Tucson, Arizona (CNN) -- Criminal defendants are expected to make initial appearances in federal courts in Phoenix and Tucson on Friday in connection with what one federal agency calls the largest human smuggling investigation in its history.
U.S. and Mexican authorities arrested dozens of people Thursday in what U.S. officials say is "the culmination of a comprehensive year-long" investigation focusing on shuttle buses operating along the border between Arizona and Mexico.
"This operation has dealt a serious blow to the infrastructure of some of Arizona's most prolific and profitable human smuggling organizations -- organizations that made their money by moving people," John Morton, homeland security assistant secretary for Immigration and Customs Enforcement, said at a news conference Thursday afternoon.
The investigation is called Operation In Plain Sight because of what officials call the "brazen nature" of the shuttle services, allegedly part of a confederation of illegal immigrant smuggling rings.
The investigation "included unprecedented cooperation with Mexico's Secretariade Securidad Publica," and it "ultimately implicated high-level members of human smuggling organizations" in northern Mexico and the Arizona cities of Phoenix, Tucson and Nogales, ICE said.
Eight hundred agents and officers from nine federal and local law enforcement agencies fanned out across Arizona on Thursday, making arrests in the three above cities, plus Rio Rico, and shutting down businesses. Authorities in Mexico and Tennessee also made arrests.
ICE, which is part of the Department of Homeland Security, said owners and employees of five Arizona commercial shuttle services are among the 47 criminal suspects taken into custody after search and arrest warrants were executed in Arizona.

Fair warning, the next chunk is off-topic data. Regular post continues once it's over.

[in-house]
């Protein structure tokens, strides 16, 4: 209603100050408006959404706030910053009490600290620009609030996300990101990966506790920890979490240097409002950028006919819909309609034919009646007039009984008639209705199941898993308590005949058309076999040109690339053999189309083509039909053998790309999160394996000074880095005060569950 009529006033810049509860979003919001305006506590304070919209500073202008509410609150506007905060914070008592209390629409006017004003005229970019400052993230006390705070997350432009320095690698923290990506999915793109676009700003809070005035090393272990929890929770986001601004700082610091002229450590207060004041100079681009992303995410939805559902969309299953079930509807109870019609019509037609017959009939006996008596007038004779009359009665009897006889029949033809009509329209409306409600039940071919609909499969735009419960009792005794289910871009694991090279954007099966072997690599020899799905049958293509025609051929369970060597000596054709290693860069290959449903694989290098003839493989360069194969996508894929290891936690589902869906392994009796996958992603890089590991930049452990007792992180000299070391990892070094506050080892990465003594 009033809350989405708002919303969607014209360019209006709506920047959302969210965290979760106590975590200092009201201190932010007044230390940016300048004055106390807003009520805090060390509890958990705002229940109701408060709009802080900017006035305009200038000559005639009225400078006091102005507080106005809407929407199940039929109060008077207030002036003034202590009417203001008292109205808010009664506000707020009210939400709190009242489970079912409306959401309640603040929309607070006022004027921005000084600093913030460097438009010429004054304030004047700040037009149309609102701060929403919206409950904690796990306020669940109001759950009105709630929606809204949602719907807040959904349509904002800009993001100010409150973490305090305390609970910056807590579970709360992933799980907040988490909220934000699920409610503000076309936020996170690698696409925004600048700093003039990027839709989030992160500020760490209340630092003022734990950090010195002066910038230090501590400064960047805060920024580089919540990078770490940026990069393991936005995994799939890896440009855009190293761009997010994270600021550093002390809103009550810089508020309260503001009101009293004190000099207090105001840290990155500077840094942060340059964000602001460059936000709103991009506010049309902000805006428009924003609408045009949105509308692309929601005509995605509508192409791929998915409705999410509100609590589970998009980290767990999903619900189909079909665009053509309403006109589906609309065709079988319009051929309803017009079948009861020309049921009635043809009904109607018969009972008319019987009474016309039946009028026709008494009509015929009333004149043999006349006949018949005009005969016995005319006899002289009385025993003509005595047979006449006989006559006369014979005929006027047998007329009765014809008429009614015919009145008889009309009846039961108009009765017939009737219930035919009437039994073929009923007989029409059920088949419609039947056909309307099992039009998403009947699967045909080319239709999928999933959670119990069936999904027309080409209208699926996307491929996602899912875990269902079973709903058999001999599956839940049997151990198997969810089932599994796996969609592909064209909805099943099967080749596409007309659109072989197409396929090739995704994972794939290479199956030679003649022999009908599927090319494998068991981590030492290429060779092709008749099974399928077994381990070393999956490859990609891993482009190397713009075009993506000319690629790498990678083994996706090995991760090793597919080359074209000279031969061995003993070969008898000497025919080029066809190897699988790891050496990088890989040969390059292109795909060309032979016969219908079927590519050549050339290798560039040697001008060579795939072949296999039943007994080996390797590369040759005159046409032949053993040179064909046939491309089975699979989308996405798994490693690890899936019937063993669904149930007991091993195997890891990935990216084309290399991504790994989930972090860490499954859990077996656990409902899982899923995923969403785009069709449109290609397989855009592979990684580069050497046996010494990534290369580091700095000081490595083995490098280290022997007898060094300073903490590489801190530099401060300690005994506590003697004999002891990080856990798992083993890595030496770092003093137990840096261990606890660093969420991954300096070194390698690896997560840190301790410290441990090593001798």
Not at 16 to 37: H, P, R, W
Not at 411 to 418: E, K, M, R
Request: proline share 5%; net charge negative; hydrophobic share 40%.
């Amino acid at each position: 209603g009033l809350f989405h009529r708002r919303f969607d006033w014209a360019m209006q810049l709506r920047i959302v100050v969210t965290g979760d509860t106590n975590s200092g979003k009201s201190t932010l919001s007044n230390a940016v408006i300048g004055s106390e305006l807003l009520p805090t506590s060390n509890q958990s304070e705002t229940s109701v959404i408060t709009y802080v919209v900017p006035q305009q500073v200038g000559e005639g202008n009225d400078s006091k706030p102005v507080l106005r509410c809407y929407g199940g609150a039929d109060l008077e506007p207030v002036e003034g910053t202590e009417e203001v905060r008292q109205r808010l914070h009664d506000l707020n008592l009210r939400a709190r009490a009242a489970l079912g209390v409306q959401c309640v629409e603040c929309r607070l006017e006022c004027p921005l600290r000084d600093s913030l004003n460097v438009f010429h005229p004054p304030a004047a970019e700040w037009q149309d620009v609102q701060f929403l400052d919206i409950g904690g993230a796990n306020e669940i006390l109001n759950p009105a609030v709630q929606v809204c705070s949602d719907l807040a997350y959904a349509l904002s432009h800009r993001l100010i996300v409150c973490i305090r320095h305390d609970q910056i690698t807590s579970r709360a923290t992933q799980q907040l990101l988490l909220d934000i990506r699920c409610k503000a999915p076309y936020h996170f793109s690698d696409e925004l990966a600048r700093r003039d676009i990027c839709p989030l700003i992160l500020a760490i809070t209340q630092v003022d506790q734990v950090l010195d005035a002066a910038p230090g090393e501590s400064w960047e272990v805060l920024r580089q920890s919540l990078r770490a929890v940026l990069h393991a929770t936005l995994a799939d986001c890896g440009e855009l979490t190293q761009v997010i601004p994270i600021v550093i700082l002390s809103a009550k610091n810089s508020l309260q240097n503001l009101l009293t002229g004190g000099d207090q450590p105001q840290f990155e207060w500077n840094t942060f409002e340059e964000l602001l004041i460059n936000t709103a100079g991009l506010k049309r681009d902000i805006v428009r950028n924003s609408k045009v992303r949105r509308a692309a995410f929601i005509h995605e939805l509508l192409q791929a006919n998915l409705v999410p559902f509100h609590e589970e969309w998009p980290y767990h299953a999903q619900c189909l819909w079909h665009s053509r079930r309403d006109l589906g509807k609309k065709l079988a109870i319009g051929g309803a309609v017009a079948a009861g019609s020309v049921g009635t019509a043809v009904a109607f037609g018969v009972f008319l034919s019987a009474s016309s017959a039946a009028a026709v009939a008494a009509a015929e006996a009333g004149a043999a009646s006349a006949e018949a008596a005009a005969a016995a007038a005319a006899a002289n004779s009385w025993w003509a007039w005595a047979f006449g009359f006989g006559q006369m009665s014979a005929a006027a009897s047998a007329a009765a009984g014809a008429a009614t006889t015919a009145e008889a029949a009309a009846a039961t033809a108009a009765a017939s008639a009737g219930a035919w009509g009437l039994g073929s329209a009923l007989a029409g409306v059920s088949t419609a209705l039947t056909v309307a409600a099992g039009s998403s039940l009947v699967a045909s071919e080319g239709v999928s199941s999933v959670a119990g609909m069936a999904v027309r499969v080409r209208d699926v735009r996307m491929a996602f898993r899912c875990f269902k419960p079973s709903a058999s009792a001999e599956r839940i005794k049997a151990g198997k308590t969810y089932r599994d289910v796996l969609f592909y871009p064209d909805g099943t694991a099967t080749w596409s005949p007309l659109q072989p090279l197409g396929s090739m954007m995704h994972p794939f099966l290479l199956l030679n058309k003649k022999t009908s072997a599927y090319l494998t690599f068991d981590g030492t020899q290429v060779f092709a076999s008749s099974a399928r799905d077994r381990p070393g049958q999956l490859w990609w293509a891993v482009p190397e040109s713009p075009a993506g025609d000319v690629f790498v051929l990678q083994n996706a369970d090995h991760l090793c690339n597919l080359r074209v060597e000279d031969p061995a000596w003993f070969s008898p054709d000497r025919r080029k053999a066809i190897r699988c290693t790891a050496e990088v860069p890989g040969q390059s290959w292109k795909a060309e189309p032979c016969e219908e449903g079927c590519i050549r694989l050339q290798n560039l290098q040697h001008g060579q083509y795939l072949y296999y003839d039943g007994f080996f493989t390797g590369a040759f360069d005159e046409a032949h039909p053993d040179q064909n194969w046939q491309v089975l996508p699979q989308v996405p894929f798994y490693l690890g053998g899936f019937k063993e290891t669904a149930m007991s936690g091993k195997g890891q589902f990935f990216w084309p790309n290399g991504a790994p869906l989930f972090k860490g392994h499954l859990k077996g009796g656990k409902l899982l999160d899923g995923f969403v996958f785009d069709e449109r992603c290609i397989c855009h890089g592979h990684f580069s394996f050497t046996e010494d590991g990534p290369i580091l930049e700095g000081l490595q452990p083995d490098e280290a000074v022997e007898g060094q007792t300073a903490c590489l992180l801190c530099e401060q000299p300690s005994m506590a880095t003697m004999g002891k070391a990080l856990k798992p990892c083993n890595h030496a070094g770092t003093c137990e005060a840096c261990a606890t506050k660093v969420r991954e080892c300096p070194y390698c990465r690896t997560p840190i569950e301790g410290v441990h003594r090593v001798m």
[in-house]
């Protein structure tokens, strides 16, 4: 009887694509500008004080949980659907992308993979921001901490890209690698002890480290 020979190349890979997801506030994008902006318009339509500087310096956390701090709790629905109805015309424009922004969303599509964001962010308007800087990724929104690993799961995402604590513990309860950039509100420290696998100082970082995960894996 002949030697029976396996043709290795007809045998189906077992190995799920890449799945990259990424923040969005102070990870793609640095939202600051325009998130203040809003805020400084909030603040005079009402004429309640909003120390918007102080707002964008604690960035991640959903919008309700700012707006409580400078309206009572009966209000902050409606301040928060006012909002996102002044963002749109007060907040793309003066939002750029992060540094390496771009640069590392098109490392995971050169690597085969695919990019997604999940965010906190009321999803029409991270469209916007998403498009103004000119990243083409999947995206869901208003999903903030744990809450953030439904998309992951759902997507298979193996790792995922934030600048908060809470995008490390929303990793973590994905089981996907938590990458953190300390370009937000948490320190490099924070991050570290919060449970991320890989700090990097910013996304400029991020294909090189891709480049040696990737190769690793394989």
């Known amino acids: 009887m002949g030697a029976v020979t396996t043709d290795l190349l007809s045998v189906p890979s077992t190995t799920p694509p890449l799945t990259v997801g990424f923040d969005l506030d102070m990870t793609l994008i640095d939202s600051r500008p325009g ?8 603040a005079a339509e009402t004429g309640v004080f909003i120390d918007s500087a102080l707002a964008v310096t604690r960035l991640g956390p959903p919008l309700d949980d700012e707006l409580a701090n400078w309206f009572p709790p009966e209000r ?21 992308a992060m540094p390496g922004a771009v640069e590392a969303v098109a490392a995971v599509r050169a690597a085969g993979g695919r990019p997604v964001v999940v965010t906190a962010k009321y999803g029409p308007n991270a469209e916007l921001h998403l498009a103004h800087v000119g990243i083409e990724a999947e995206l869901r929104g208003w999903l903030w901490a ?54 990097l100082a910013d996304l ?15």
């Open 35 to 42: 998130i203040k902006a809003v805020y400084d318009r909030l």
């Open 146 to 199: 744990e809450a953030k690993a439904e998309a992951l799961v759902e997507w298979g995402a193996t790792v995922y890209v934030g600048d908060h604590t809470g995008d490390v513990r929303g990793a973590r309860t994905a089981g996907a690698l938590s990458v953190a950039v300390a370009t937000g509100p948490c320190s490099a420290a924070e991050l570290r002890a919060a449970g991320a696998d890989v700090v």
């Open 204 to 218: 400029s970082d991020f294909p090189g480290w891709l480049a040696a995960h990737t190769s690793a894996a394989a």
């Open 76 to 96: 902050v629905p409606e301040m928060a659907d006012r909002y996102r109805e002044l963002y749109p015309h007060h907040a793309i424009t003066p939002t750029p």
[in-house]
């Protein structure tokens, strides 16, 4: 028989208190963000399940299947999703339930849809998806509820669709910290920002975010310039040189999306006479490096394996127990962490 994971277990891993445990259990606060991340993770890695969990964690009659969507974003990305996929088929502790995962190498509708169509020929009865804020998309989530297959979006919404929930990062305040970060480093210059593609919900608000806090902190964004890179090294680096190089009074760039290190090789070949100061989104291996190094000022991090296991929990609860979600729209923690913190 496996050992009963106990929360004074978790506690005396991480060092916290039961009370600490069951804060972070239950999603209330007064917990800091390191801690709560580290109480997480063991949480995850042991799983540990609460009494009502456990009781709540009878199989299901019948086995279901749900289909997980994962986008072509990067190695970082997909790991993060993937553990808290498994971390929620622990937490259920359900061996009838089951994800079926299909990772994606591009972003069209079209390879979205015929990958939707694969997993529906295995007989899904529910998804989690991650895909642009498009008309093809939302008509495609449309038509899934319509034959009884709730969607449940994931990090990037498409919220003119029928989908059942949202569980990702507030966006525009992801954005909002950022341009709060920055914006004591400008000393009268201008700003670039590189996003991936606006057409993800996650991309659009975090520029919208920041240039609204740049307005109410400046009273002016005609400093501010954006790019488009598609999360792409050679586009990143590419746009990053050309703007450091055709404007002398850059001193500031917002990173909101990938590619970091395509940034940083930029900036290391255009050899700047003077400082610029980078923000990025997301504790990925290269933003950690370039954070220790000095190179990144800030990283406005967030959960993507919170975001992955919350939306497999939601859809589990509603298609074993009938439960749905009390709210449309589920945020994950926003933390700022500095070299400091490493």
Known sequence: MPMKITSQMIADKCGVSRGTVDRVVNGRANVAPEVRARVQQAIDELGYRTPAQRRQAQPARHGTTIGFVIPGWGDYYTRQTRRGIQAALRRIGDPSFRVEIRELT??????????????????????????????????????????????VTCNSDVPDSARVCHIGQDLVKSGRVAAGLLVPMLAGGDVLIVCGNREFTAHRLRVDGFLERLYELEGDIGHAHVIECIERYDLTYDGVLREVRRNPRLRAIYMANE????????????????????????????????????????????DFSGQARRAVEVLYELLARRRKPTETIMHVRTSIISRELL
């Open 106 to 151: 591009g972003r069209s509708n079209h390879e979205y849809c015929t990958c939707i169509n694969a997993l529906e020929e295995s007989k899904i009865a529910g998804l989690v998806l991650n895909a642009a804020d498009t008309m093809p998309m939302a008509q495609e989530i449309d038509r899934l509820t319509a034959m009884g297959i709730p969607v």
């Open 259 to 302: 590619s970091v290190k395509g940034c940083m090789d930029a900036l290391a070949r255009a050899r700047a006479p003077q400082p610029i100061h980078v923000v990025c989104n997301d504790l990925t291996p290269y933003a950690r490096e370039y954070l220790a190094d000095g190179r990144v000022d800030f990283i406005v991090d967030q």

Mexican agents made four criminal arrests, according to Virginia Kice, ICE's Western regional communications director. Authorities announced two arrests in Tennessee, a location underscoring the national reach of the smuggling operation.
Here's how the rings operated, federal authorities said: Smugglers would help illegal immigrants enter the United States near a border city such as Nogales. They would then be transported to Tucson, where one of the shuttle vans would take them to Phoenix.
Once there, they would rendezvous with another vehicle and be taken to a drop house, and they would then be moved to cities all over the United States, authorities said.
Illegal immigrants were allegedly issued phony tickets for shuttle trips, which enabled drivers to claim they were operating legitimate businesses if they were stopped by law enforcement.
While most of the smuggled people identified in the investigation came from Mexico and Central America, others came from far-flung locations, such as China.
"The defendants wrongly believed they could operate with impunity by hiding behind the veil of legitimacy these businesses provided. Using our investigative expertise, we've dismantled these transnational organizations and literally seized the engines that were driving the criminal enterprise," Morton said.
The timing of the raids has drawn criticism from immigration rights groups.
"I think we're getting absolutely mixed messages," Jennifer Allen, director of Border Action, said Thursday. "I saw that just yesterday, first lady Michelle Obama said she wants to see immigration reform happen, and then we wake up this morning and we have ICE raids intensively throughout the state of Arizona."
The first lady visited Mexico this week, where she met with her counterpart, Margarita Zavala de Calderon.
ICE officials say politics played no role in the operation. They say the massive investigation and resulting sweep represent a shift in enforcement strategy.
For years, law enforcement officials concentrated on busting illegal immigrant drop houses. Now, federal officials say, they are after the transportation networks that supply the smugglers' human cargo.
CNN's Casey Wian and Joe Sterling contributed to this report.